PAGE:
Here, we see that while we sleep, there are no external objects that present themselves to us. This leaves us to our own devices and makes us subject to internal “distemper[s]” (Hobbes, 1651/1991a, 2.5, p. 17). And, while Hobbes tells us that dreams are “more cleare” than our waking thoughts, this clarity is not itself an indication of greater truth or grounding in reality but its opposite. That is, left entirely to our own devises, our thoughts run luridly but erratically and are in themselves no basis for further thought nor are they well suited to the formation of reason. Hobbes goes on to say that:

And because waking I often observe the absurdity of Dreames, but never dream of the absurdities of my waking Thoughts, I am well satisfied that, being awake, I know I dreame not; though when I dreame, I think my selfe awake. (1651/1991a, 2.5, p. 17).

In this way, for Hobbes, the kind of thoughts created by internal processes (as opposed to external heterogeneous ones) lead to absurdity and falseness. Hobbes tells us that the ancients’ failure to completely distinguish between dreams and waking is the reason that they held to so many superstitions and a belief in witchcraft, ideas that persisted into his own time and which he was highly critical of.

Crucially for my argument, for Hobbes, the schools, that is, the professions of academics in his day, reinforce this superstition in their ignorance of the workings of sense and imagination:

For (not knowing what Imagination, or the senses are), what they receive, they teach: some saying, that Imaginations rise of themselves, and have no cause; Others that they rise most commonly from the Will; and that Good thoughts are blown (inspired) into a man by God; and Evill thoughts, by the Divell; or that Good thoughts are powred (infused) into a man by God, and Evill ones by the Divell. (1651/1991a, 2.9, p. 19).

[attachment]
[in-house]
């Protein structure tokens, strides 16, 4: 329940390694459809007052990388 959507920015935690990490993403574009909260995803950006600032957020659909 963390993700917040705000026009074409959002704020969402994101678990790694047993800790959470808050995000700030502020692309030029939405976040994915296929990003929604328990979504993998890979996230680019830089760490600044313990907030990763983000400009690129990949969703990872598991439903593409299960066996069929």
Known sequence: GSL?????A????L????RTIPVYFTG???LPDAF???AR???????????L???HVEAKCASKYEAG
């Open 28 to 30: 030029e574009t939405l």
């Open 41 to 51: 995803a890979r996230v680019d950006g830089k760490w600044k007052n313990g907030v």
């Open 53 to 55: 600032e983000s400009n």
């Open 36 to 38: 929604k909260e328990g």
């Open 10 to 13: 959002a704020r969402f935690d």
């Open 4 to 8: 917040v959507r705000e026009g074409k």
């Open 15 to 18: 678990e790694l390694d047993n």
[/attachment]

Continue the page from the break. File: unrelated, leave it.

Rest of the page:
Here, we see a clear rejection both of autarkic thinking (“the Imaginations rise of themselves, and have no cause”) and just as importantly of the thought, widely held by Puritans and, I will argue by extension, liberals themselves, that God “blows” or inspires thoughts into a person’s mind. This doctrine turns the Holy Spirit into a material thing, a source of knowledge for human beings that bypasses the senses themselves and is, for Hobbes, an absurd and dangerous doctrine (one that I will get back to shortly in some detail).

In addition to relying upon actual objects in order to be able to conceive of something, for Hobbes, human thought requires a second connection to external reality as well, namely personal experience in the world. He writes: “how much one man has more experience of things past than another; by so much also he is more Prudent, and his expectations the seldomer faile him” (1651/1991a, 3.7, p. 22). Yet, Hobbes also goes on to argue that even a great deal of experience is not in itself enough to make us perfect predictors of the future:

The Present onely has a being in Nature; things Past have a being in the memory onely; but things to come have no being at all, the Future being but a fiction of the mind, applying the sequels of actions Past to the actions that are Present; which with most certainty is done by him that has most Experience, but not with certainty enough. (1651/1991a, 3.7, p.22).

In this way, for Hobbes we remain completely dependent upon the exterior world in the end. We can never master it utterly, never know a thing truly but only conjecture and guess. He even says that “the best Prophet naturally is the best guesser,” suggesting that even divine revelation doesn’t give us full access to truth in the world (1651/1991a, 3.7, p.22).

Accordingly, Hobbes tells us:

Whatsoever we imagine is Finite. Therefore there is no Idea, or conception of anything we call Infinite. No man can have in his mind an Image of infinite magnitude; nor conceive infinite swiftness, infinite time, or infinite force, or infinite power. When we say anything is infinite, we signifie onely that we are not able to conceive the ends, and bounds of the thing named, having no Conception of the thing, but of our own inability. (1651/1991a, 3.12, p. 23).